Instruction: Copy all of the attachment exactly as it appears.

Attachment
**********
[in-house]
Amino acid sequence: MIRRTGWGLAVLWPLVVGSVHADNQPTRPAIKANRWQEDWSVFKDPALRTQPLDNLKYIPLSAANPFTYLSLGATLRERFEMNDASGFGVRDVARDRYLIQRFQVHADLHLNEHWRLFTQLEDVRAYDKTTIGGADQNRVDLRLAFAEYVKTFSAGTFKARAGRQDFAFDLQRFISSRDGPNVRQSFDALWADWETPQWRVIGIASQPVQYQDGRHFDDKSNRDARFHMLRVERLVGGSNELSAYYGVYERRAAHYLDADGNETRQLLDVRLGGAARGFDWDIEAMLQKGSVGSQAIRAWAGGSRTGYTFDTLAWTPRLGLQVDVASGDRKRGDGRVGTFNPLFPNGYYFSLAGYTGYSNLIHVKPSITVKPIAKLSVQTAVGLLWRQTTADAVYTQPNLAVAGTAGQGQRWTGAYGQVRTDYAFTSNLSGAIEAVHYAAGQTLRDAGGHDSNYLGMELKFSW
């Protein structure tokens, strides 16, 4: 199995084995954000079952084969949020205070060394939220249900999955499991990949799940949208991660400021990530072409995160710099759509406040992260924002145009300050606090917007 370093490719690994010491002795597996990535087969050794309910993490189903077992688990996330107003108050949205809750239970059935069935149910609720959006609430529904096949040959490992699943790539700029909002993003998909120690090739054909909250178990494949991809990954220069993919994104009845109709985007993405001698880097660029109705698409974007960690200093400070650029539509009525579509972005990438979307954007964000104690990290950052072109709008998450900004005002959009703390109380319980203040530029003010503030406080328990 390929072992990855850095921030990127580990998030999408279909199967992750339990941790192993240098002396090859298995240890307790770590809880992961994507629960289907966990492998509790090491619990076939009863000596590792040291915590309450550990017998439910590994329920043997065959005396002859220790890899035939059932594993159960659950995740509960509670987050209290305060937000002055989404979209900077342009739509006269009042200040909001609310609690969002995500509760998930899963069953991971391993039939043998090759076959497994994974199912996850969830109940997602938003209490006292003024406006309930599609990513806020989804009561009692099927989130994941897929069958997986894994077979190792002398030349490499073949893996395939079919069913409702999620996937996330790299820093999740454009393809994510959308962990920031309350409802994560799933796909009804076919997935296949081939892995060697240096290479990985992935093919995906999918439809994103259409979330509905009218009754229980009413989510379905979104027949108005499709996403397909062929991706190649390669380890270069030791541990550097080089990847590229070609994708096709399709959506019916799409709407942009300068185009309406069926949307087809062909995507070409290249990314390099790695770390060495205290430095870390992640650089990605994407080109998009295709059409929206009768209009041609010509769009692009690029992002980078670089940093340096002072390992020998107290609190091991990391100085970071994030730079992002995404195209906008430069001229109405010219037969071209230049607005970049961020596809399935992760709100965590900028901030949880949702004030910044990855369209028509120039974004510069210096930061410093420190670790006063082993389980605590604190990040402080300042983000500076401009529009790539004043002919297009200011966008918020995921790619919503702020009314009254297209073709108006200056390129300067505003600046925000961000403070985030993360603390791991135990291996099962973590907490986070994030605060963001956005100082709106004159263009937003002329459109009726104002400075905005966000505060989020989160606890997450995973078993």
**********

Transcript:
[in-house]
Amino acid sequence: MIRRTGWGLAVLWPLVVGSVHADNQPTRPAIKANRWQEDWSVFKDPALRTQPLDNLKYIPLSAANPFTYLSLGATLRERFEMNDASGFGVRDVARDRYLIQRFQVHADLHLNEHWRLFTQLEDVRAYDKTTIGGADQNRVDLRLAFAEYVKTFSAGTFKARAGRQDFAFDLQRFISSRDGPNVRQSFDALWADWETPQWRVIGIASQPVQYQDGRHFDDKSNRDARFHMLRVERLVGGSNELSAYYGVYERRAAHYLDADGNETRQLLDVRLGGAARGFDWDIEAMLQKGSVGSQAIRAWAGGSRTGYTFDTLAWTPRLGLQVDVASGDRKRGDGRVGTFNPLFPNGYYFSLAGYTGYSNLIHVKPSITVKPIAKLSVQTAVGLLWRQTTADAVYTQPNLAVAGTAGQGQRWTGAYGQVRTDYAFTSNLSGAIEAVHYAAGQTLRDAGGHDSNYLGMELKFSW
């Protein structure tokens, strides 16, 4: 199995084995954000079952084969949020205070060394939220249900999955499991990949799940949208991660400021990530072409995160710099759509406040992260924002145009300050606090917007 370093490719690994010491002795597996990535087969050794309910993490189903077992688990996330107003108050949205809750239970059935069935149910609720959006609430529904096949040959490992699943790539700029909002993003998909120690090739054909909250178990494949991809990954220069993919994104009845109709985007993405001698880097660029109705698409974007960690200093400070650029539509009525579509972005990438979307954007964000104690990290950052072109709008998450900004005002959009703390109380319980203040530029003010503030406080328990 390929072992990855850095921030990127580990998030999408279909199967992750339990941790192993240098002396090859298995240890307790770590809880992961994507629960289907966990492998509790090491619990076939009863000596590792040291915590309450550990017998439910590994329920043997065959005396002859220790890899035939059932594993159960659950995740509960509670987050209290305060937000002055989404979209900077342009739509006269009042200040909001609310609690969002995500509760998930899963069953991971391993039939043998090759076959497994994974199912996850969830109940997602938003209490006292003024406006309930599609990513806020989804009561009692099927989130994941897929069958997986894994077979190792002398030349490499073949893996395939079919069913409702999620996937996330790299820093999740454009393809994510959308962990920031309350409802994560799933796909009804076919997935296949081939892995060697240096290479990985992935093919995906999918439809994103259409979330509905009218009754229980009413989510379905979104027949108005499709996403397909062929991706190649390669380890270069030791541990550097080089990847590229070609994708096709399709959506019916799409709407942009300068185009309406069926949307087809062909995507070409290249990314390099790695770390060495205290430095870390992640650089990605994407080109998009295709059409929206009768209009041609010509769009692009690029992002980078670089940093340096002072390992020998107290609190091991990391100085970071994030730079992002995404195209906008430069001229109405010219037969071209230049607005970049961020596809399935992760709100965590900028901030949880949702004030910044990855369209028509120039974004510069210096930061410093420190670790006063082993389980605590604190990040402080300042983000500076401009529009790539004043002919297009200011966008918020995921790619919503702020009314009254297209073709108006200056390129300067505003600046925000961000403070985030993360603390791991135990291996099962973590907490986070994030605060963001956005100082709106004159263009937003002329459109009726104002400075905005966000505060989020989160606890997450995973078993």